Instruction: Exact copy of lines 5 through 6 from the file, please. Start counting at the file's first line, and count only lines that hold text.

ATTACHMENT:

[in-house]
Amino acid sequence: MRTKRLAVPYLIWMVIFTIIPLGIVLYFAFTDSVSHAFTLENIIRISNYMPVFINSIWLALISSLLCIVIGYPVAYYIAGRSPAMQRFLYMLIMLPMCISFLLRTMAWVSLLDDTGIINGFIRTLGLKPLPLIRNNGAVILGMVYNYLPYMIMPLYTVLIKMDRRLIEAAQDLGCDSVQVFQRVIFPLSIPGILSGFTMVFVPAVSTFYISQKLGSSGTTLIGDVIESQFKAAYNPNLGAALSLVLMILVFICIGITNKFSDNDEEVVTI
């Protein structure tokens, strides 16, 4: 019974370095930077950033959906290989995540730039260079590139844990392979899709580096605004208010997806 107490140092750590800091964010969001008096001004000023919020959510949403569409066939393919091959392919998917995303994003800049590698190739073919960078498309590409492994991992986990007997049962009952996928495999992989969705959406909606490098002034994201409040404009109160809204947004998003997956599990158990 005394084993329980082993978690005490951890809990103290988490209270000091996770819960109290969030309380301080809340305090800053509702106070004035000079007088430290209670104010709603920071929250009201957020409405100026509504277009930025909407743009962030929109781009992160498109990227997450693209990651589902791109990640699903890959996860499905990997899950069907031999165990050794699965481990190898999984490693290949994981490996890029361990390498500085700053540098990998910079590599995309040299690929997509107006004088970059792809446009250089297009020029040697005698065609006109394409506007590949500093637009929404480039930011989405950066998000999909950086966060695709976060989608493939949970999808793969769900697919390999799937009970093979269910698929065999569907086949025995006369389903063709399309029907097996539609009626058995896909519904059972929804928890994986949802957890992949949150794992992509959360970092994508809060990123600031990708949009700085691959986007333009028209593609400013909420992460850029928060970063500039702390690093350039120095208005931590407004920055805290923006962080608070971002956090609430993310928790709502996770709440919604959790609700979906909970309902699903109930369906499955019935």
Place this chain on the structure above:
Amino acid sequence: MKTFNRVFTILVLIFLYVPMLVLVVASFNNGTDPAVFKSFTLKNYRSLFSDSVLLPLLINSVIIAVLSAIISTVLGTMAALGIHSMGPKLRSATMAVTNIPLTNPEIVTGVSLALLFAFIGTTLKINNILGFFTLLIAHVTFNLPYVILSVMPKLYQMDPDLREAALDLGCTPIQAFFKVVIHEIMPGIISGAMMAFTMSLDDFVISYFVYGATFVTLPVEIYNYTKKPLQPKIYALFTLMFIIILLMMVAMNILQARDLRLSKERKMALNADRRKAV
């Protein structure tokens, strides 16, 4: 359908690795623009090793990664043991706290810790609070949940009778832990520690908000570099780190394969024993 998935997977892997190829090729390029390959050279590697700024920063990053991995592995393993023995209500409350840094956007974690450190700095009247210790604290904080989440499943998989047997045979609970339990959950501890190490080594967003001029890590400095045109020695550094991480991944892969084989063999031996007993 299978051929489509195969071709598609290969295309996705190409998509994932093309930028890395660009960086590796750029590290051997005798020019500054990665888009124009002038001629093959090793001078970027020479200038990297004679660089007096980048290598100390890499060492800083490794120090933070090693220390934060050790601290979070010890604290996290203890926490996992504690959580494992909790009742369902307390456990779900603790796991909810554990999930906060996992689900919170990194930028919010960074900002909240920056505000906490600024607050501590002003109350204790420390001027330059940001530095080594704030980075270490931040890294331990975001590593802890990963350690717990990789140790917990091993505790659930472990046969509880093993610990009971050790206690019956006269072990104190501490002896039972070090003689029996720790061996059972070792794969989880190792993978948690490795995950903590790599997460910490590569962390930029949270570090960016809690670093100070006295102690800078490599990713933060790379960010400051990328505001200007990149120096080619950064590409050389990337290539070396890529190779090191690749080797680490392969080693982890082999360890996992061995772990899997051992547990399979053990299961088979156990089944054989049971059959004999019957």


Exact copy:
Amino acid sequence: MKTFNRVFTILVLIFLYVPMLVLVVASFNNGTDPAVFKSFTLKNYRSLFSDSVLLPLLINSVIIAVLSAIISTVLGTMAALGIHSMGPKLRSATMAVTNIPLTNPEIVTGVSLALLFAFIGTTLKINNILGFFTLLIAHVTFNLPYVILSVMPKLYQMDPDLREAALDLGCTPIQAFFKVVIHEIMPGIISGAMMAFTMSLDDFVISYFVYGATFVTLPVEIYNYTKKPLQPKIYALFTLMFIIILLMMVAMNILQARDLRLSKERKMALNADRRKAV
């Protein structure tokens, strides 16, 4: 359908690795623009090793990664043991706290810790609070949940009778832990520690908000570099780190394969024993 998935997977892997190829090729390029390959050279590697700024920063990053991995592995393993023995209500409350840094956007974690450190700095009247210790604290904080989440499943998989047997045979609970339990959950501890190490080594967003001029890590400095045109020695550094991480991944892969084989063999031996007993 299978051929489509195969071709598609290969295309996705190409998509994932093309930028890395660009960086590796750029590290051997005798020019500054990665888009124009002038001629093959090793001078970027020479200038990297004679660089007096980048290598100390890499060492800083490794120090933070090693220390934060050790601290979070010890604290996290203890926490996992504690959580494992909790009742369902307390456990779900603790796991909810554990999930906060996992689900919170990194930028919010960074900002909240920056505000906490600024607050501590002003109350204790420390001027330059940001530095080594704030980075270490931040890294331990975001590593802890990963350690717990990789140790917990091993505790659930472990046969509880093993610990009971050790206690019956006269072990104190501490002896039972070090003689029996720790061996059972070792794969989880190792993978948690490795995950903590790599997460910490590569962390930029949270570090960016809690670093100070006295102690800078490599990713933060790379960010400051990328505001200007990149120096080619950064590409050389990337290539070396890529190779090191690749080797680490392969080693982890082999360890996992061995772990899997051992547990399979053990299961088979156990089944054989049971059959004999019957």